"It's strongly related to the accumulated damage to forests that have an impact on climate change," said Arie Rompas, the forest campaign team leader at Greenpeace Indonesia.

So the ecosystem is disrupted and this is implicated in floods, landslides, drought and forest fires.

 Arie Rompas

Thousands of people have been displaced after a deadly earthquake in Sulawesi.(Source: BNPB)

Almost a million people displaced

South Kalimantan on Borneo island declared a state of emergency last week, after heavy rainfall and flooding displaced tens of thousands of people.

"In my entire life, this is the worst flood ever," local resident Ratna Dewi Sartika told the ABC.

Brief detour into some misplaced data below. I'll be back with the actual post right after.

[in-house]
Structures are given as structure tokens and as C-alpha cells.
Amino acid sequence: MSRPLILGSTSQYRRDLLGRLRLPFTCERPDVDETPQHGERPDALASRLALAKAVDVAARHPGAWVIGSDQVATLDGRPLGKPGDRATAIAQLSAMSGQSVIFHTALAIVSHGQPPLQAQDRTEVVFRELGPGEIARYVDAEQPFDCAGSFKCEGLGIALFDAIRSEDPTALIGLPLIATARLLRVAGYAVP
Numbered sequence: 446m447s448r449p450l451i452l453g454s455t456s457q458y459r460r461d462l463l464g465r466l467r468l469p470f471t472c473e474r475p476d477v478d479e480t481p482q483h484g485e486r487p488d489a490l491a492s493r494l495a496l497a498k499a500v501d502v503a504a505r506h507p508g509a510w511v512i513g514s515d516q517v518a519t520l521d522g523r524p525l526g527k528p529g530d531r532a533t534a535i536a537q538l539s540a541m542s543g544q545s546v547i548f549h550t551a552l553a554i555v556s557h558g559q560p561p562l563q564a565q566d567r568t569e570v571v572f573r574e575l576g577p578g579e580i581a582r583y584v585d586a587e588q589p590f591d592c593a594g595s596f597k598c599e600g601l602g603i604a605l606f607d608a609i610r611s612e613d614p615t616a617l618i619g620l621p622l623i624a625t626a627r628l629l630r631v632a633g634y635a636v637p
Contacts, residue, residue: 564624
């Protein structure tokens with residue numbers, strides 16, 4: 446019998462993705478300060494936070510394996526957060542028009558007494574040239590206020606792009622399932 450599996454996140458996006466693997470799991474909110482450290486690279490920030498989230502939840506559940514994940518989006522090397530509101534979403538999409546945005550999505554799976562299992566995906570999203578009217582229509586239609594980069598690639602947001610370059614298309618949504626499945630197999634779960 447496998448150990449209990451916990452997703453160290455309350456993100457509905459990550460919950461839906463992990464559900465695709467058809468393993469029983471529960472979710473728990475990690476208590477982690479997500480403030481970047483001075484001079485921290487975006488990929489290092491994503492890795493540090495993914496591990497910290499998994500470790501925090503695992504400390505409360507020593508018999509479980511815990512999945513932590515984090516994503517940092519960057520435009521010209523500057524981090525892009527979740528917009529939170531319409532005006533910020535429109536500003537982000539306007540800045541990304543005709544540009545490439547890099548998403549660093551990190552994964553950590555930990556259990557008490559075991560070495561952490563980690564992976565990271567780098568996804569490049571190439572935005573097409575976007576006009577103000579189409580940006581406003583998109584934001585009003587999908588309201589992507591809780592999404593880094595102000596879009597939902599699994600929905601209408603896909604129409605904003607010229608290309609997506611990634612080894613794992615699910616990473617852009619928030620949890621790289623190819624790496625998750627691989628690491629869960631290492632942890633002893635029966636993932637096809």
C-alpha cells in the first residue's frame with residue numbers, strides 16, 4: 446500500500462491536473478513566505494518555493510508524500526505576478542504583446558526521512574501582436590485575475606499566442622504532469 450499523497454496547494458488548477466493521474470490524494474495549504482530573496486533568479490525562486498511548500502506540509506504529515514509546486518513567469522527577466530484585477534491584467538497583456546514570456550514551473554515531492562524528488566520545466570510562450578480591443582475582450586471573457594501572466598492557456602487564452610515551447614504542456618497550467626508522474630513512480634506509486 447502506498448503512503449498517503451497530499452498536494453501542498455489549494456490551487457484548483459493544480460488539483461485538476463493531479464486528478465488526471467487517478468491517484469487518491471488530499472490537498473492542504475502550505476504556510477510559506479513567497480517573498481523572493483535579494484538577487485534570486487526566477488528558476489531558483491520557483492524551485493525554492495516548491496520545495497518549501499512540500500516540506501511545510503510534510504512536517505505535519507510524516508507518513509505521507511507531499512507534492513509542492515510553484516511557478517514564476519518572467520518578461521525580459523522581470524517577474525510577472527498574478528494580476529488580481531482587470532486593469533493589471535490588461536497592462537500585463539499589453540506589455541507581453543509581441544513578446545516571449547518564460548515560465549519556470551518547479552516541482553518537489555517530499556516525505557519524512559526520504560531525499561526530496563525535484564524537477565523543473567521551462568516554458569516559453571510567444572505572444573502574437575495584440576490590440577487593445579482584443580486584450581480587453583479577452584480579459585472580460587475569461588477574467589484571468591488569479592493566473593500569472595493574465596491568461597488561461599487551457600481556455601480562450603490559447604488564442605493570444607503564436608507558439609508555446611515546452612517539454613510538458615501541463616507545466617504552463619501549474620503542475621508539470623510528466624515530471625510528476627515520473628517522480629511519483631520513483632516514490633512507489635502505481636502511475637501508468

She said that in some areas the water level rose to as high as three metres and many residents were trapped in their houses.

On Friday last week, a 6.2 magnitude earthquake in West Sulawesi killed at least 90 people and has left thousands homeless.

Days after that deadly earthquake, Semeru volcano in East Java erupted, spewing hot ash clouds as far as 4.5 kilometres away.

Villages in the mountains have been told to stay on alert for ongoing volcanic activity.

And earlier this month, landslides were reported at Cihanjuang Village in the Sumedang district of West Java, 150 kilometres south-east of Jakarta.

Local authorities in West Java said a total of 40 victims who died in the landslide have been found.

The BNPB said at least 160 people have died, more than 960 were injured and more than 930,000 people have been displaced in total due to the series of disasters.

Earlier this week, President Joko Widodo visited Banjarmasin in South Kalimantan to monitor the floods that have inundated the area for more than a week.